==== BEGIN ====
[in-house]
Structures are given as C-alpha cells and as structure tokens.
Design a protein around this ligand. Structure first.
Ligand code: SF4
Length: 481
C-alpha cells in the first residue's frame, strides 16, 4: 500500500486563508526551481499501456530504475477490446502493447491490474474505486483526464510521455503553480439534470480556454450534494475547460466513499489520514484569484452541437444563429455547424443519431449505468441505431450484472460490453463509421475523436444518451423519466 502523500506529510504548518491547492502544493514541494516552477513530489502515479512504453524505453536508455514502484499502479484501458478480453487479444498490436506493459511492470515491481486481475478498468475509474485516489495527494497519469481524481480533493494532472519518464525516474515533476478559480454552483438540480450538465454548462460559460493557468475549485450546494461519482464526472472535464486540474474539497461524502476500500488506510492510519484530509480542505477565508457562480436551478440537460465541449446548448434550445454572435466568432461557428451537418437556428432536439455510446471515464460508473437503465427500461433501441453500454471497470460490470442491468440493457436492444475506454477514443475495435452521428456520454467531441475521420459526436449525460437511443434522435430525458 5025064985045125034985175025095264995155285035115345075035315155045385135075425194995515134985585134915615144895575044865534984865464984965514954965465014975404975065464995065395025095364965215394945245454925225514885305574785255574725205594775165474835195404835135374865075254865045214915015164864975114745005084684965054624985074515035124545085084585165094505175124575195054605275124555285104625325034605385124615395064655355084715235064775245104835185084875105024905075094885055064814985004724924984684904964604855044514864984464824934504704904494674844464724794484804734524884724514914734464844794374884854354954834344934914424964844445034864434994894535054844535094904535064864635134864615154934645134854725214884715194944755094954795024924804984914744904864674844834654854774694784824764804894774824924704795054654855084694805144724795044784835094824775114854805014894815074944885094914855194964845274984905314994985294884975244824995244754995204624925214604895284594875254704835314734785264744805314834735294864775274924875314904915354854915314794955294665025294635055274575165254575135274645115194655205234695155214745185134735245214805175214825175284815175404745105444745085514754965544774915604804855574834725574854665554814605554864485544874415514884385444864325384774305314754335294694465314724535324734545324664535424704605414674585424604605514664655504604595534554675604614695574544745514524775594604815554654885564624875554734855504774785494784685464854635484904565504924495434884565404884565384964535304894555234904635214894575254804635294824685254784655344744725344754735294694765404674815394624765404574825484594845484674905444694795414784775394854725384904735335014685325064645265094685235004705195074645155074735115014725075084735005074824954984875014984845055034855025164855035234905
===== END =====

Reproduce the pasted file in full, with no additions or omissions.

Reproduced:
[in-house]
Structures are given as C-alpha cells and as structure tokens.
Design a protein around this ligand. Structure first.
Ligand code: SF4
Length: 481
C-alpha cells in the first residue's frame, strides 16, 4: 500500500486563508526551481499501456530504475477490446502493447491490474474505486483526464510521455503553480439534470480556454450534494475547460466513499489520514484569484452541437444563429455547424443519431449505468441505431450484472460490453463509421475523436444518451423519466 502523500506529510504548518491547492502544493514541494516552477513530489502515479512504453524505453536508455514502484499502479484501458478480453487479444498490436506493459511492470515491481486481475478498468475509474485516489495527494497519469481524481480533493494532472519518464525516474515533476478559480454552483438540480450538465454548462460559460493557468475549485450546494461519482464526472472535464486540474474539497461524502476500500488506510492510519484530509480542505477565508457562480436551478440537460465541449446548448434550445454572435466568432461557428451537418437556428432536439455510446471515464460508473437503465427500461433501441453500454471497470460490470442491468440493457436492444475506454477514443475495435452521428456520454467531441475521420459526436449525460437511443434522435430525458 5025064985045125034985175025095264995155285035115345075035315155045385135075425194995515134985585134915615144895575044865534984865464984965514954965465014975404975065464995065395025095364965215394945245454925225514885305574785255574725205594775165474835195404835135374865075254865045214915015164864975114745005084684965054624985074515035124545085084585165094505175124575195054605275124555285104625325034605385124615395064655355084715235064775245104835185084875105024905075094885055064814985004724924984684904964604855044514864984464824934504704904494674844464724794484804734524884724514914734464844794374884854354954834344934914424964844445034864434994894535054844535094904535064864635134864615154934645134854725214884715194944755094954795024924804984914744904864674844834654854774694784824764804894774824924704795054654855084694805144724795044784835094824775114854805014894815074944885094914855194964845274984905314994985294884975244824995244754995204624925214604895284594875254704835314734785264744805314834735294864775274924875314904915354854915314794955294665025294635055274575165254575135274645115194655205234695155214745185134735245214805175214825175284815175404745105444745085514754965544774915604804855574834725574854665554814605554864485544874415514884385444864325384774305314754335294694465314724535324734545324664535424704605414674585424604605514664655504604595534554675604614695574544745514524775594604815554654885564624875554734855504774785494784685464854635484904565504924495434884565404884565384964535304894555234904635214894575254804635294824685254784655344744725344754735294694765404674815394624765404574825484594845484674905444694795414784775394854725384904735335014685325064645265094685235004705195074645155074735115014725075084735005074824954984875014984845055034855025164855035234905